“I think government needs to understand the importance of manufacturing – the number of jobs it creates and the overall effect it has on GDP in our country,” Mr Christian said. He uses the recent manufacturing recovery in the US as an example.
“It is interesting when you look at what happened in America over the last couple of years. They had outsourced so much and then they started taking it back in again. They were probably taking the high value products that were more highly automated back in, but they have concentrated on creating more manufacturing and bringing more jobs back internally and it has assisted in turning the economy back around.
“For every manufacturing job there are another five created in the supply chain. Every time manufacturing is not looked at and starts to wind down those volumes, there is a huge flow-on effect. Most people in manufacturing know that.
“I watch the federal scene and it is interesting that we are now going to pump more money back into the auto industry again. Something has happened that people have realised we can’t step back, we have to take things more aggressively and be on the front foot and support our manufacturing – it needs to be a transitional thing.
“It is not something that happens overnight, it could take 10 or 20 years to do that efficiently.”
The outlook right now is hardly bright, Mr Christian admitted and he said as far as QMI could observe there was no appreciable increase in manufacturing start-ups at this stage.
“I think overall it is static – I am seeing some movement there, but not enough to be confident in saying people are starting to want to start up in manufacturing,” he said.
“We have been through X number of years in which manufacturing has largely been attracting negative comments, in a phase that is largely driven by the big end of town.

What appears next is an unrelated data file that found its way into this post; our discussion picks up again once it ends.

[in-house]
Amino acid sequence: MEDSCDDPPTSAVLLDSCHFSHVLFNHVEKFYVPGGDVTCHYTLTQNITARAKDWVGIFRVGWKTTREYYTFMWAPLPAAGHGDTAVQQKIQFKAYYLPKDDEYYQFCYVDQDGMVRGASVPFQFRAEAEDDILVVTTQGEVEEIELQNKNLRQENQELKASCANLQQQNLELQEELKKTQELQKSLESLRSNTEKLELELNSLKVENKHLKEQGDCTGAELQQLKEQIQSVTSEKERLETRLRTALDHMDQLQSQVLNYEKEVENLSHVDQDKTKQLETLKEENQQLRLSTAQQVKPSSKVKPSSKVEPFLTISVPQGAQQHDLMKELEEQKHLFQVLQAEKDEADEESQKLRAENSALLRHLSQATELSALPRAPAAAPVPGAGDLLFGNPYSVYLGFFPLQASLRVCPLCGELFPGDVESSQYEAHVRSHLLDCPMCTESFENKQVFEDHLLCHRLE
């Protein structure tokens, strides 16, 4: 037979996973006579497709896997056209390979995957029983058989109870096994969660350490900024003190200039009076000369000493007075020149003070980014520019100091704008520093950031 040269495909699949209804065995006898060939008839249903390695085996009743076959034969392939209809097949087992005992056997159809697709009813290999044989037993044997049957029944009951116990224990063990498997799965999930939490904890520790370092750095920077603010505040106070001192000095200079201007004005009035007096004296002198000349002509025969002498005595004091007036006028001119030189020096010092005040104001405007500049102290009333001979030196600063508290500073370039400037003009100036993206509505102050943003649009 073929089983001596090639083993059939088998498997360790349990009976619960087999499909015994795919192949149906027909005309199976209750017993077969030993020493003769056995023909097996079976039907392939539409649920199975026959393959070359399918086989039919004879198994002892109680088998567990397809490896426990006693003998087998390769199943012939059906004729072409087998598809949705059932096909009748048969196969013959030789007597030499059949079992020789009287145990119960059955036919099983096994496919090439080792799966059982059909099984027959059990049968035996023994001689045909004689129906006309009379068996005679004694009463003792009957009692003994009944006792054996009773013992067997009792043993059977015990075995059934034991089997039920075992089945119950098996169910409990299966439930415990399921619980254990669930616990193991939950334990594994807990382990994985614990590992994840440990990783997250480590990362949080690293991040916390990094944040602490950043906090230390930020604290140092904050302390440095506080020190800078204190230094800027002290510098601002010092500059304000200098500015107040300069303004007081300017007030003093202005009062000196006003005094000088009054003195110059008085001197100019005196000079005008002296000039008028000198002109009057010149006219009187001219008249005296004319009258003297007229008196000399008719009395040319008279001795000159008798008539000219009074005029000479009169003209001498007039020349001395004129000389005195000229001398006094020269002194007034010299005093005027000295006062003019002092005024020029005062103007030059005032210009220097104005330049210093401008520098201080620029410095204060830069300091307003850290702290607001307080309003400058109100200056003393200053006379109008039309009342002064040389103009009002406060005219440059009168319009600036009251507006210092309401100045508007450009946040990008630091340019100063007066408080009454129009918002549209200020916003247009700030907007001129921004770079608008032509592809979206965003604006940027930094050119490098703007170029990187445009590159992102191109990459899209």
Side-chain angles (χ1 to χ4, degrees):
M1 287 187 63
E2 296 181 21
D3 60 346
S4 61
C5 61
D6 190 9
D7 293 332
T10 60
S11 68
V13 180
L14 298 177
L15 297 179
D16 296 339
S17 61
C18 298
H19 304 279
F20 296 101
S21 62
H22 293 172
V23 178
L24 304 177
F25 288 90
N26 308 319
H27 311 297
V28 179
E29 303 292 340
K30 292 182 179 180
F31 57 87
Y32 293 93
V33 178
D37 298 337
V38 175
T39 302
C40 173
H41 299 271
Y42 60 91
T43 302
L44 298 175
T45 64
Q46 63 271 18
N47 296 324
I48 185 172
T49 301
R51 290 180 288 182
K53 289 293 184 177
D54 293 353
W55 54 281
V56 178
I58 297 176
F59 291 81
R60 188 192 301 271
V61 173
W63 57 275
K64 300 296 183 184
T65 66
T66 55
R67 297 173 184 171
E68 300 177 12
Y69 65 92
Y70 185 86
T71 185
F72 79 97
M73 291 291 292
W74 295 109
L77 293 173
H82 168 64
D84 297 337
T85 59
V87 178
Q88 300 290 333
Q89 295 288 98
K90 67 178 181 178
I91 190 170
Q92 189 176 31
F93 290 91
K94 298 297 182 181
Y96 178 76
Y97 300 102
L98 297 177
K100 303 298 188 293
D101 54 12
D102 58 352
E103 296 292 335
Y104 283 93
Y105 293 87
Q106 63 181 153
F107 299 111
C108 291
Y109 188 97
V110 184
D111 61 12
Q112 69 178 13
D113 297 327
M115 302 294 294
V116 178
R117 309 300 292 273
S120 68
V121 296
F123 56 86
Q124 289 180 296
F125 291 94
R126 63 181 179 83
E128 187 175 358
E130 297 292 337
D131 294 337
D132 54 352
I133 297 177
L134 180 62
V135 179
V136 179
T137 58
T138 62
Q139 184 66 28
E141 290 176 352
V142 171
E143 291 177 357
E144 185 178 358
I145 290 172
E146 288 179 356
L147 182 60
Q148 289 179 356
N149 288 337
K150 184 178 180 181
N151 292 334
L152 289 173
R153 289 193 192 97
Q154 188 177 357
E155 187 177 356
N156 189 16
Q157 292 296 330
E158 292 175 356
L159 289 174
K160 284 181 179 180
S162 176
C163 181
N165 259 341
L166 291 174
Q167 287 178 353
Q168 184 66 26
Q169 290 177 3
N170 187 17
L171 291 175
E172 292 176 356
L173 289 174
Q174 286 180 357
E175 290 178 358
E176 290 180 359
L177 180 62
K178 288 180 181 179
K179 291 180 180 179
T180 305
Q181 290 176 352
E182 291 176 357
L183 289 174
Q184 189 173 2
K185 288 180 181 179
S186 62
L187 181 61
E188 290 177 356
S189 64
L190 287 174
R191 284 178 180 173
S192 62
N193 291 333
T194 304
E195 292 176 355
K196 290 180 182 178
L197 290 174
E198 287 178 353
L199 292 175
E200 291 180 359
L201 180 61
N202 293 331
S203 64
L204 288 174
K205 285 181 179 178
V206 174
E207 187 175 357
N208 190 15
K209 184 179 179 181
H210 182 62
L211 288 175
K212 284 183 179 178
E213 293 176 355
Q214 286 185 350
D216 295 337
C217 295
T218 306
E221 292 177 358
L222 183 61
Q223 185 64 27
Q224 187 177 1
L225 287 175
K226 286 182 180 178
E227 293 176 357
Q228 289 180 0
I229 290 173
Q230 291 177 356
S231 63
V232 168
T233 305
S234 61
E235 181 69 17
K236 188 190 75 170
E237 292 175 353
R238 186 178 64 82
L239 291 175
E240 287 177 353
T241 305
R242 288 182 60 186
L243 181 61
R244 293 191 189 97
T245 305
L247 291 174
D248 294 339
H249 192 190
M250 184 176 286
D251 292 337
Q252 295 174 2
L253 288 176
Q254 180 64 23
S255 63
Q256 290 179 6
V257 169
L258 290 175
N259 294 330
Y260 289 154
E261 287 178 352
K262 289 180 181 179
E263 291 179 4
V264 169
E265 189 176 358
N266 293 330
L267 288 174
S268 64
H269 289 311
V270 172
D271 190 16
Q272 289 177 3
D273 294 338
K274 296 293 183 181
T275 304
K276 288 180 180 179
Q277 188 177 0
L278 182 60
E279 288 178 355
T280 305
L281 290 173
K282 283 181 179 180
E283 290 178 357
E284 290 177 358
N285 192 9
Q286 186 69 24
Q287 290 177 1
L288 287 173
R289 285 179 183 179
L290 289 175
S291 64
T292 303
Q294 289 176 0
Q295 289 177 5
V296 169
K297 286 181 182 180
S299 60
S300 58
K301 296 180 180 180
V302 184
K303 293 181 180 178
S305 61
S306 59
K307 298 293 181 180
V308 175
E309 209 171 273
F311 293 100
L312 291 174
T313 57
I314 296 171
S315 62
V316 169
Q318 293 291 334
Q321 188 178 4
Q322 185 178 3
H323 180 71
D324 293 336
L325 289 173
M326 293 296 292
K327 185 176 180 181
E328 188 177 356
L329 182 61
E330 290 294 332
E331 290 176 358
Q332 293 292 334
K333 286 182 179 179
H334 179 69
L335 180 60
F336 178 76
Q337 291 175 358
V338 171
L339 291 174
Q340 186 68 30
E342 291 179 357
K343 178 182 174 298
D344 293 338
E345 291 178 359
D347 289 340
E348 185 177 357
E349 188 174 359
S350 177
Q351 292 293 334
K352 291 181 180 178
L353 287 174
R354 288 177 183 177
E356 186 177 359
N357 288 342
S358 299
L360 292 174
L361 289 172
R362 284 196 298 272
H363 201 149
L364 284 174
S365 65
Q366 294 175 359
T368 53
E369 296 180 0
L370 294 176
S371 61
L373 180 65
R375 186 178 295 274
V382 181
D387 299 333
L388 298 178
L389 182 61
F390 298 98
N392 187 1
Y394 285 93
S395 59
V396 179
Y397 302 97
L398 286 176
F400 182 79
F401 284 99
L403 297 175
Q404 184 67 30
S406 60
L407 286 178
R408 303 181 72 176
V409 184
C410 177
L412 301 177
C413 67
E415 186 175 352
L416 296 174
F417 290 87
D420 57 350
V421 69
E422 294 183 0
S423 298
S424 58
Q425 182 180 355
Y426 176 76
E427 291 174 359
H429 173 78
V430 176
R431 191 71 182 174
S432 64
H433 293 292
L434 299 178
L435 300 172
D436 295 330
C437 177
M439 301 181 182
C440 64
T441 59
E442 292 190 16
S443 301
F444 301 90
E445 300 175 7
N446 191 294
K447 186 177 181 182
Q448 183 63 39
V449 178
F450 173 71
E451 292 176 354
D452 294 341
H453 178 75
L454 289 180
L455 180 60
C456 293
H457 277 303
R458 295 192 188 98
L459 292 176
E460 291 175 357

“Australia is made up of about 96 percent SMES, so most of our manufacturing is done by smaller businesses, between 20 and 200 employees and in that $40-60 million bracket. Those are the ones that actually do transform and become bigger companies down the track. Small business is important because it becomes medium sized business and medium sized business becomes bit business.
“So government does need to support small business but there always comes a point where they need to stand on their own two feet – the issue is what is the point where you stop supporting?”
There has been a prevailing view that Australian banks and their business loan programs are not conducive to manufacturing growth – but Mr Christian did not see it that way.
“We talk to banks because we like to represent manufacturing, and there is interest,” he said.
“Some of the smaller guys (banks) are certainly focused on trying to engage with that SME market. The comments that we get are that they are very focused on manufacturing help. I have not been getting that negative feel that banks are not wanting to finance manufacturing.
“It’s like anything, the business has to be able to stack up to the bank because if you are a start-up company and you are really only doing this because it is a passion and you do not understand business, you become a high risk to the bank.
“We have a lot of processes in QMI where we have benchmarked organisations to give banks that confidence. Those sorts of business tools and benchmarking give companies the confidence and banks the confidence – and provide the documents that assist greatly in front of a banker.
“We tend to go through and benchmark them on the core things in their business. We have done over 1400 benchmarks alone in Queensland in the last 10 years. We can talk openly and honestly about what our findings have been.”
A recent innovation at QMI will play an increasing role in improving business development and helping to make positive cases for finance, Mr Christian said.
“Recently we brought a new product out to the market, Core Value software out of the US, and it is a lot better benchmarking tool again,” he said. “What that is doing is helping companies to make the decision on whether they need to stay in the game or hop out. It goes a lot more into the financial measures of a business.”
He has seen Core Value successfully applied to make a compelling manufacturing finance case to a bank.